cinematography

Aerial Ingredients: Lighting

This is the first entry in a series of posts we're calling "Aerial Ingredients."  In this series we'll be sharing some lessons we've learned while filming low-altitude aerials. 

There is definitely some overlap between what makes a good shot on the ground and in the air.  Many of the guidelines for good ground based video can be carried over to aerial cinematography, such as good composition.  We're going to take a look at some of the similarities and some of the additional ingredients for a good aerial video shot.  Our first topic is lighting.

Screen grab from Dewees Island video footage.

Good lighting: Lighting plays a very important role in aerial cinematography.  Sunrise and sunset is generally a great time to capture beautiful footage.  When scheduling a shoot, it’s important to schedule shots that will benefit from these time periods, and schedule the rest of the shots for the remainder of the day.  Typically you want to shoot on a sunny day.  Waiting on clouds to move can slow the process down.  There are some limitations to shooting in a dark environment as it is harder for people to judge depth in the dark. 

Below is a video with some highlights of a shoot on Dewees Island near Charleston, SC. We shot a lot of footage on this short trip, but the best shots took place the evening we arrived, the following morning and that evening.  The light was great during those 3 chunks of time.  Compare the bird footage from the opening shot, to the bird footage that appears later in the video. 

 

Summer on Dewees: Aerial Highlights from Yonder Blue Films on Vimeo.

Shooting every shot during "golden hour" isn't realistic, but with good shot planning, you can maximize your time.  The dock jumping shots took place midday, and that was a time that made sense for those shots, so we scheduled them accordingly.  You don't have to schedule every shot down to the last minute, but be conscious of putting yourself in the right place at the right time.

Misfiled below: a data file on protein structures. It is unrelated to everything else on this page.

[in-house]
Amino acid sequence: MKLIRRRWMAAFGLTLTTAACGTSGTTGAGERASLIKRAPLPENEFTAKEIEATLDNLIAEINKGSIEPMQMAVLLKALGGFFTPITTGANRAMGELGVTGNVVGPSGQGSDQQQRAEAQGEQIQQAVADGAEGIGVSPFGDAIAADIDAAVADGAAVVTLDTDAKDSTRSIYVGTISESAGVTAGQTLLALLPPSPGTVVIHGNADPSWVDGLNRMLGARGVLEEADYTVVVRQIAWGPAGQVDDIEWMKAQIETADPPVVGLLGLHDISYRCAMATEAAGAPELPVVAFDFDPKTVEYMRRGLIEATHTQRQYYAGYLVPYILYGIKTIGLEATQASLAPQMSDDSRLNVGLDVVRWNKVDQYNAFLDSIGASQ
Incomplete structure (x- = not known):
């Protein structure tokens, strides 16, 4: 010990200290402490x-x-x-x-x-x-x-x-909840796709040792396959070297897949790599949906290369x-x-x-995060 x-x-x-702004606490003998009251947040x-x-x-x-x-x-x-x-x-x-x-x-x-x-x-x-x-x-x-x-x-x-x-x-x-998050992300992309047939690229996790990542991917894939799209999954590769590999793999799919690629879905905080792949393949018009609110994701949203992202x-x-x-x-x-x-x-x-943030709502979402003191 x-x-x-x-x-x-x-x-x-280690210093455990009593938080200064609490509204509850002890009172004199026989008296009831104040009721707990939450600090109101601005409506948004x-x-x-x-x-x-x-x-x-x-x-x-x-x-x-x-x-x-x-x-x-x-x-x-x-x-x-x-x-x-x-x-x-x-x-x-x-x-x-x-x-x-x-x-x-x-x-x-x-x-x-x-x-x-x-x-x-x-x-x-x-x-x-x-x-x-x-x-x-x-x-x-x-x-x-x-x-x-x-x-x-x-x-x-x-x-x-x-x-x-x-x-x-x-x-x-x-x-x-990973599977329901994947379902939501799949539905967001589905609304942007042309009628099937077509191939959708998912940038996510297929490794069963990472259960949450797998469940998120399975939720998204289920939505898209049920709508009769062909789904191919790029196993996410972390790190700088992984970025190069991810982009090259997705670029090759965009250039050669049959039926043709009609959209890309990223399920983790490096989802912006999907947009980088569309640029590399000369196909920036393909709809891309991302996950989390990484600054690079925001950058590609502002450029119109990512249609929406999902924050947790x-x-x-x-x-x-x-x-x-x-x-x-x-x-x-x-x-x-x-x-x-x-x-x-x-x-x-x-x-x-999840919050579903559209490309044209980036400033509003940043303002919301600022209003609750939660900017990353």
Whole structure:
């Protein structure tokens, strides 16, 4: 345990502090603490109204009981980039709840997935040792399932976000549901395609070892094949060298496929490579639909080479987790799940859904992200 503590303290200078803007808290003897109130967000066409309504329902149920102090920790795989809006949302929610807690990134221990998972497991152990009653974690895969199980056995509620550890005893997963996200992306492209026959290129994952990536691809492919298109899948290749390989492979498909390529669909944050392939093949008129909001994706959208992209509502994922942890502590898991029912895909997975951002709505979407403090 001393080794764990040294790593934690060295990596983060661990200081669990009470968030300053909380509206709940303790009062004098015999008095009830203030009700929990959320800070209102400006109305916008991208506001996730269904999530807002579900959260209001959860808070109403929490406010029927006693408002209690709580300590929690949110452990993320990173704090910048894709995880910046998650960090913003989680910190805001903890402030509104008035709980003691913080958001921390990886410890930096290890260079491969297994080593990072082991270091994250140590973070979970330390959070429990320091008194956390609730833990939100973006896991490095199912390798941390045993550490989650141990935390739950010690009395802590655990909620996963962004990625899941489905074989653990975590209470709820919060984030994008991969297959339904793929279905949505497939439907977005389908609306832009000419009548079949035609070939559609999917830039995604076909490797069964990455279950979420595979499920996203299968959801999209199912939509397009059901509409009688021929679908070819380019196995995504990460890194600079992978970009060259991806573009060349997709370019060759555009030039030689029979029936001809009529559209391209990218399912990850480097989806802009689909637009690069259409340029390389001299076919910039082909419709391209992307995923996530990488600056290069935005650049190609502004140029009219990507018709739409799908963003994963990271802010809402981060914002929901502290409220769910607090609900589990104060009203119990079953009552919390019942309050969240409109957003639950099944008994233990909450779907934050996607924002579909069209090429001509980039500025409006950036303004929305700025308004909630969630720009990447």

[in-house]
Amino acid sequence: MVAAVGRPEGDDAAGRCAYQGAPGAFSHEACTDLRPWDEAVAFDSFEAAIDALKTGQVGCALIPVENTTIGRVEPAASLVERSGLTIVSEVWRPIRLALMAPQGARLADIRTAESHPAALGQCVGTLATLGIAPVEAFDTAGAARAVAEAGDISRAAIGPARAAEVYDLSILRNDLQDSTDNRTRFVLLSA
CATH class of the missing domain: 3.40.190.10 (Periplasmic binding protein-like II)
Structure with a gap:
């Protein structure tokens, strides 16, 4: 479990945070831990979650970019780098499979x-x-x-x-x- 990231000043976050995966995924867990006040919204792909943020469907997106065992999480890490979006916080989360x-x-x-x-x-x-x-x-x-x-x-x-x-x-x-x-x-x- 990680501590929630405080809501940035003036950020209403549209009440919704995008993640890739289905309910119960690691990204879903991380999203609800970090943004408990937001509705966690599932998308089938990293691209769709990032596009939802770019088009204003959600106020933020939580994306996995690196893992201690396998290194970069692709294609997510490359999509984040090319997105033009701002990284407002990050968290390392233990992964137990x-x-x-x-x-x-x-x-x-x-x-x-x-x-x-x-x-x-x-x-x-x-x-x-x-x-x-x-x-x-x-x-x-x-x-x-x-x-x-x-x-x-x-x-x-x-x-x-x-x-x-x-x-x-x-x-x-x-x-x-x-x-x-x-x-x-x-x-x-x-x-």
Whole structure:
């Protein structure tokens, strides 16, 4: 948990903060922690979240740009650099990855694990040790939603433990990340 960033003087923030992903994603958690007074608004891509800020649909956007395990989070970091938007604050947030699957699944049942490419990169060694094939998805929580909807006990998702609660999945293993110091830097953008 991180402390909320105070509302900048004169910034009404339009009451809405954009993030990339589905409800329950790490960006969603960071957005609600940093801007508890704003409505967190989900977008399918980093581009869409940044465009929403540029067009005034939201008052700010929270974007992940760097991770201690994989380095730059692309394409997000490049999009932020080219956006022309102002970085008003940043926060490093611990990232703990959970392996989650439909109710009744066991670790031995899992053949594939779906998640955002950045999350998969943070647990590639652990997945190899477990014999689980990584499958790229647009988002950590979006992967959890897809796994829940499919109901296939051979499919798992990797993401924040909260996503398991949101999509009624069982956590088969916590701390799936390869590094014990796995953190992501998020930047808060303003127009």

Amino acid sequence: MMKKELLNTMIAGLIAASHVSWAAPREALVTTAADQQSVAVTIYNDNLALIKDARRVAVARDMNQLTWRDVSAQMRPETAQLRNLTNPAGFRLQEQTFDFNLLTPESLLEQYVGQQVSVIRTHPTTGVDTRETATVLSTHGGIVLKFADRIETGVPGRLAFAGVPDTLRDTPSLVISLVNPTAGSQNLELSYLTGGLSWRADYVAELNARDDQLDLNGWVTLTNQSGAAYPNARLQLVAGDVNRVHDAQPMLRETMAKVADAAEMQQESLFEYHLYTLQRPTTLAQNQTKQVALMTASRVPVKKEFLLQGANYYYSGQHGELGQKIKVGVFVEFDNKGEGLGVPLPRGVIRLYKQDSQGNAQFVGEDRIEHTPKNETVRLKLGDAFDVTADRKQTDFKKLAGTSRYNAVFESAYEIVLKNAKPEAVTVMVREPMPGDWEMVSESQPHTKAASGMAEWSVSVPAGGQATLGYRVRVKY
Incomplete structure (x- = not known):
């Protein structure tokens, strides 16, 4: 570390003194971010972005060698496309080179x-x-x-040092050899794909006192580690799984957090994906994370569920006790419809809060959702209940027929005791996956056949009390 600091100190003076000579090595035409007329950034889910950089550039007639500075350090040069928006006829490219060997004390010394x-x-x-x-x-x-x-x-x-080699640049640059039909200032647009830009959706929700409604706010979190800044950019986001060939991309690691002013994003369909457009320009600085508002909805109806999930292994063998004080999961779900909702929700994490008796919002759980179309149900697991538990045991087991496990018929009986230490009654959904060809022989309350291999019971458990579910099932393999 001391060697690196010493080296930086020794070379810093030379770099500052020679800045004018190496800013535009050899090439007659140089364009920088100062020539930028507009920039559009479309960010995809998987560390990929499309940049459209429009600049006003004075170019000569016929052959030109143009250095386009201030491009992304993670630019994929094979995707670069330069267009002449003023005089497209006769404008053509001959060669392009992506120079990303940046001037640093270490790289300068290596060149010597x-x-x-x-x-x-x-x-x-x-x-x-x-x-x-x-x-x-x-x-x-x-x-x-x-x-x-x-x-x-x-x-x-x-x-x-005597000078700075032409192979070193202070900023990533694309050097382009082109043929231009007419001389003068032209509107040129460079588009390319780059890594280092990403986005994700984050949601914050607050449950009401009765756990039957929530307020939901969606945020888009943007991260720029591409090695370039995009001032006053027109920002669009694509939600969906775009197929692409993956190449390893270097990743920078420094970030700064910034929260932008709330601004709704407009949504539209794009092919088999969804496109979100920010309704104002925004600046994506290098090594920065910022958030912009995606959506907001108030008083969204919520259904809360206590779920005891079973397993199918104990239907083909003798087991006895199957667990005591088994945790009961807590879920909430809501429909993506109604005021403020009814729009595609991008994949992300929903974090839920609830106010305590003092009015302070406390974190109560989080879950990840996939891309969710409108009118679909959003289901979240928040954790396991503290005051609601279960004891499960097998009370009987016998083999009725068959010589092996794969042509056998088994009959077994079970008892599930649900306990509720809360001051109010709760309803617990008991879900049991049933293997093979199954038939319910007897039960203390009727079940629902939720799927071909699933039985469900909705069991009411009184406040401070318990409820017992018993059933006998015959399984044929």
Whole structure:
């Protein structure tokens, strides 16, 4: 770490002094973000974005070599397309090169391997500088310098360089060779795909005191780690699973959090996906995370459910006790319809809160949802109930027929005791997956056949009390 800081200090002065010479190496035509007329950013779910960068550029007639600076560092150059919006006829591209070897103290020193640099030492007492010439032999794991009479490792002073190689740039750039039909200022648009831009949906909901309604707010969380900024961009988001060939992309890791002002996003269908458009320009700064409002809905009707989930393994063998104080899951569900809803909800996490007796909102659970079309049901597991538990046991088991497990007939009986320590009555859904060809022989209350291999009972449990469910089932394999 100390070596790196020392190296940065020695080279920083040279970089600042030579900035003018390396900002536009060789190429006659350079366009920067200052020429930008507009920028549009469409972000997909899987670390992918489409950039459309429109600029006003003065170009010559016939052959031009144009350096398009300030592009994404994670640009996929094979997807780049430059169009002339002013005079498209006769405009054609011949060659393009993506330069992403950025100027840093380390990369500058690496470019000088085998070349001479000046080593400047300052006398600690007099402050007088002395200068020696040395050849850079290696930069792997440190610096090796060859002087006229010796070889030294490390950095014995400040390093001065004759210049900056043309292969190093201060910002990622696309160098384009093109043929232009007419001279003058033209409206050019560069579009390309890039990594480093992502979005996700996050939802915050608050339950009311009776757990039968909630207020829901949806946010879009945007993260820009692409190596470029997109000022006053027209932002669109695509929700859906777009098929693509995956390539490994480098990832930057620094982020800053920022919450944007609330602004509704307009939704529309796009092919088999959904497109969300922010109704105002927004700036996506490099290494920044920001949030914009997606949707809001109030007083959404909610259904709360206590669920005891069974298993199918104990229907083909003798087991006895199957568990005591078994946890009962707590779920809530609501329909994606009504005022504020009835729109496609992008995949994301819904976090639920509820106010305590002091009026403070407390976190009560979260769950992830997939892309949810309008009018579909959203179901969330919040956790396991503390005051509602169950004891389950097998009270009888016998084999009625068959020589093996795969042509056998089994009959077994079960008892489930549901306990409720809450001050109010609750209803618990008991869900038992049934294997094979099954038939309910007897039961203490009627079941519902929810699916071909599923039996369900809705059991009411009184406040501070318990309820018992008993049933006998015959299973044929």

When time allows, a scouting session can be very beneficial.  Apps like Sun Seeker will help you determine where the sun will be at certain times of day.  That way you'll know if a particular shot or subject is best for sunrise or sunset. Here's a demo from the developer:

 

Another great asset on any shoot is local knowledge.  For the Dewees shoot, Judy Fairchild made scheduling easy.  She's a longtime resident of Dewees Island, and is the owner of Dewees Real Estate.  Her extensive knowledge of the island and network of island residents made this shoot a lot of fun.  If you're not familiar with an area, it's great to have someone there who knows it backwards and forwards - especially someone as nice as Judy and her family. 

We hope this post was helpful.  If you liked it or know someone that would, please share it like crazy!  If we get enough interest, we'll continue to share more posts like this - we've got a long list ready to go.  Thanks for reading.

Note: There's a post on MultiRotorForums for this article.  It can be found here.

 

2012 WITH THE CINESTAR 8...

Yonder Blue Films is a production company based near Atlanta, and we’ve had many people contact us about our low-altitude aerial video shot with our Cinestar 8 multirotor copter.  So we’ve decided to share a review.  Before we get to the review, here’s a sample of some of the shoots this year with the Cinestar.



We purchased our Cinestar 8 frame early in 2012 and started assembly while wrapping up a TV show for NBC Universal. The instruction manual for the frame was clear and allowed me to put it together on my dining room table fairly easily, with a fair amount of patience from my wife.  At first, I was struck by how simple the design seemed.  But this simplicity has proven to be a very smart design.  Many of the parts are interchangeable which means we don’t require as many spare parts lying around.  Also, once you assemble one section, other parts are similar in assembly.  It took some serious engineering skills to simplify the construction of this frame and allow for the reuse of parts.  This frame is also very adaptable to a variety of setups.